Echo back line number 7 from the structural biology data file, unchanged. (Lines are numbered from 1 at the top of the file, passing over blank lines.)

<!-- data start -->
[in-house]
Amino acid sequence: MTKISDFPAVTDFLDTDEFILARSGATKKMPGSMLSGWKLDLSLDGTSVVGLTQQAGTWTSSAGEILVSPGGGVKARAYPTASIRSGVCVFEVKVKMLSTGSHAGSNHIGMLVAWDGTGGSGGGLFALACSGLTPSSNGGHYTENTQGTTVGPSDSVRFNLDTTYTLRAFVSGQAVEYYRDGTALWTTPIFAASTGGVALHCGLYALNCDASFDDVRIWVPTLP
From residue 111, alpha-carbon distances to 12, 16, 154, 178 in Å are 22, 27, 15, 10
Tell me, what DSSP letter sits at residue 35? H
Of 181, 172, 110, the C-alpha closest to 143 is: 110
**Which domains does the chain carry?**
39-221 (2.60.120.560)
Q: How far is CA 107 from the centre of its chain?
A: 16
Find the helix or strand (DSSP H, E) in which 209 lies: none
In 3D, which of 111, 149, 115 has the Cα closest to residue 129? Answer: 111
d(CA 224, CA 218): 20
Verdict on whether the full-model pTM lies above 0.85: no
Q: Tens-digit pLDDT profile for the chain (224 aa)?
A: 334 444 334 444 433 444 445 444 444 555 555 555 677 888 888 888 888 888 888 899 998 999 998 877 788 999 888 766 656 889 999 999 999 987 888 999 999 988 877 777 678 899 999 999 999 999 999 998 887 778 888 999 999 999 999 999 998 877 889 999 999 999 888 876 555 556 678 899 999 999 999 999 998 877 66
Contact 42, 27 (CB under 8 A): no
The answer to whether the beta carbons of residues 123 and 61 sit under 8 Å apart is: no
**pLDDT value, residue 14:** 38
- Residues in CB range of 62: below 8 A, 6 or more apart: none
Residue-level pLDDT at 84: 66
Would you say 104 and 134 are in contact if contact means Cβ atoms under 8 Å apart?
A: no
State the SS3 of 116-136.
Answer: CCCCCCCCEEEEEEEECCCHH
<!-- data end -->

39-221 (2.60.120.560)